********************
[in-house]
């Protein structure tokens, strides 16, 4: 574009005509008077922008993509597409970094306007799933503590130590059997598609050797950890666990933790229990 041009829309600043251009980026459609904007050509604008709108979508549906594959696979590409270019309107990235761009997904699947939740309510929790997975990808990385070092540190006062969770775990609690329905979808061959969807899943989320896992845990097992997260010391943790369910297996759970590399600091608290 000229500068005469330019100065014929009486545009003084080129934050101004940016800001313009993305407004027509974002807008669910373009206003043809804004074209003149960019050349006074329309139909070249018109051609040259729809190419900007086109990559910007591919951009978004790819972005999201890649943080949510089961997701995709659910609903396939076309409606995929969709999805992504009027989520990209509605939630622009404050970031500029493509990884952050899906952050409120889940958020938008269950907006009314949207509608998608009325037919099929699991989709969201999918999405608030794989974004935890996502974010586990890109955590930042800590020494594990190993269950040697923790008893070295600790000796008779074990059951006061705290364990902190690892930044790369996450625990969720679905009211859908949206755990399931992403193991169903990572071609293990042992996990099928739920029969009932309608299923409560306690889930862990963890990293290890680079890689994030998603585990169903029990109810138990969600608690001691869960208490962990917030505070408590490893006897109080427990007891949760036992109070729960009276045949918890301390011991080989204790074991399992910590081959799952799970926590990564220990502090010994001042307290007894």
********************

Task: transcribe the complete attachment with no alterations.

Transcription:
[in-house]
């Protein structure tokens, strides 16, 4: 574009005509008077922008993509597409970094306007799933503590130590059997598609050797950890666990933790229990 041009829309600043251009980026459609904007050509604008709108979508549906594959696979590409270019309107990235761009997904699947939740309510929790997975990808990385070092540190006062969770775990609690329905979808061959969807899943989320896992845990097992997260010391943790369910297996759970590399600091608290 000229500068005469330019100065014929009486545009003084080129934050101004940016800001313009993305407004027509974002807008669910373009206003043809804004074209003149960019050349006074329309139909070249018109051609040259729809190419900007086109990559910007591919951009978004790819972005999201890649943080949510089961997701995709659910609903396939076309409606995929969709999805992504009027989520990209509605939630622009404050970031500029493509990884952050899906952050409120889940958020938008269950907006009314949207509608998608009325037919099929699991989709969201999918999405608030794989974004935890996502974010586990890109955590930042800590020494594990190993269950040697923790008893070295600790000796008779074990059951006061705290364990902190690892930044790369996450625990969720679905009211859908949206755990399931992403193991169903990572071609293990042992996990099928739920029969009932309608299923409560306690889930862990963890990293290890680079890689994030998603585990169903029990109810138990969600608690001691869960208490962990917030505070408590490893006897109080427990007891949760036992109070729960009276045949918890301390011991080989204790074991399992910590081959799952799970926590990564220990502090010994001042307290007894």